Of course, before I start drawing, I'm formulating ideas. This usually accumulates into lots of random doodles, lines and bad ideas on a piece of printer paper or my sketchbook. I read and reread passages of the book to make sure I'm thinking about the character & settings right. It's all about memorizing how I see the scene and getting something on the paper that starts to concrete ideas in my mind. Then to work out the composition of the piece, I do thumbnail sketches. And in this case I did... 3. You should do a lot more than this, just to work out the best ideas. Some people do hundreds. I say that's ridiculous. I did three. I'll probably regret it later, but there you go.
This is where a great tool comes into play...
I often use this tool for creating thumbnails for several reasons. They are as follows:
1. I'm lazy. Too lazy to draw thumbnails on paper (okay, that's not really a good reason)
2. You can add grayscale value to your thumbnails and thus do value studies at the same time.
3. You can use the Lasso tool to quickly select and resize elements of your thumbnail to experiment with various compositions. This is the best reason I use Photoshop for thumbnails, and it saves me from having to redraw stuff over and over.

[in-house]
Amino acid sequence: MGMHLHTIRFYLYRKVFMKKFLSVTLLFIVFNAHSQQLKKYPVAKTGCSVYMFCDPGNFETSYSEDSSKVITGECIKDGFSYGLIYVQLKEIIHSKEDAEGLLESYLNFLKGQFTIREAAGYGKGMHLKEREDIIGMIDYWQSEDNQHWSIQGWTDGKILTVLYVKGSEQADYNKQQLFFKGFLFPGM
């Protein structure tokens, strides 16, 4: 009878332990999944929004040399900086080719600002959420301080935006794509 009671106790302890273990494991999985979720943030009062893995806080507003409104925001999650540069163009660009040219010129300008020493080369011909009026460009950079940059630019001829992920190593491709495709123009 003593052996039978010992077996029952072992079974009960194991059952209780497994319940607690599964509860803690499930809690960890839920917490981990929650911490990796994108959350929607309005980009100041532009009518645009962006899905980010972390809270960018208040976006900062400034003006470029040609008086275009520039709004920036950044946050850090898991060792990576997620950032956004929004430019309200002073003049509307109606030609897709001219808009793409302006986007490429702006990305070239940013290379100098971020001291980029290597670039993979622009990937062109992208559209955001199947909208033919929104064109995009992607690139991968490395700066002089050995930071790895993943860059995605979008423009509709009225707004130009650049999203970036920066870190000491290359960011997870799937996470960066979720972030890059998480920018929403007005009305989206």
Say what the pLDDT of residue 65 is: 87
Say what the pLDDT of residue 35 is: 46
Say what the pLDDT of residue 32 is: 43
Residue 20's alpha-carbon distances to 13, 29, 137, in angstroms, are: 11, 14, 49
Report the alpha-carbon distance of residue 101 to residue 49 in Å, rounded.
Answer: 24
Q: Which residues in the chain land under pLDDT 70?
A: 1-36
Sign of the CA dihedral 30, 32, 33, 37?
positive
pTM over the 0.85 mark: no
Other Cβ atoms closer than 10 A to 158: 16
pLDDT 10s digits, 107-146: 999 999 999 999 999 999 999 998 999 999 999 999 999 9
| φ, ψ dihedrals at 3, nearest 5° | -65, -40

Okay, so in the sketches above I have limited myself to roughly 3 values - a dark, light and middle tone. I'm sure you fine folks have heard enough else about composition, size, contrast, and all that jazz, so I won't bore you (but if you need help with this stuff, leave me a comment, I'll go over it with you). After establishing basic value relationships, I move on to the next step...
Nighttime scenes are difficult because the colors become desaturated and slightly blue. One great way I've found to explore color options for a piece is to paint in a "wild" color that you might not think would go. Then find the colors that complement it - color wheels are a great way to figure this out (but don't use them like a crutch). In this case I painted the whole thing in a deep blue. I wasn't sure what color would work for Jill's cloak, but by working off the color wheel I found that a desaturated reddish brown provided the perfect contrast to make her and Eustace stand out from the dark and shadowy tower and the Parliament of Owls.
Well, I hope you enjoyed that quick overview of this part of the process. Maybe you learned something. Maybe you didn't. Maybe you're ready to go to YouTube and watch cute kitten videos (please don't, go draw something instead). But at any rate maybe this has gotten you started thinking about how you can improve your next painting or drawing. Thanks for reading!
Next time: Character & Finished Sketches!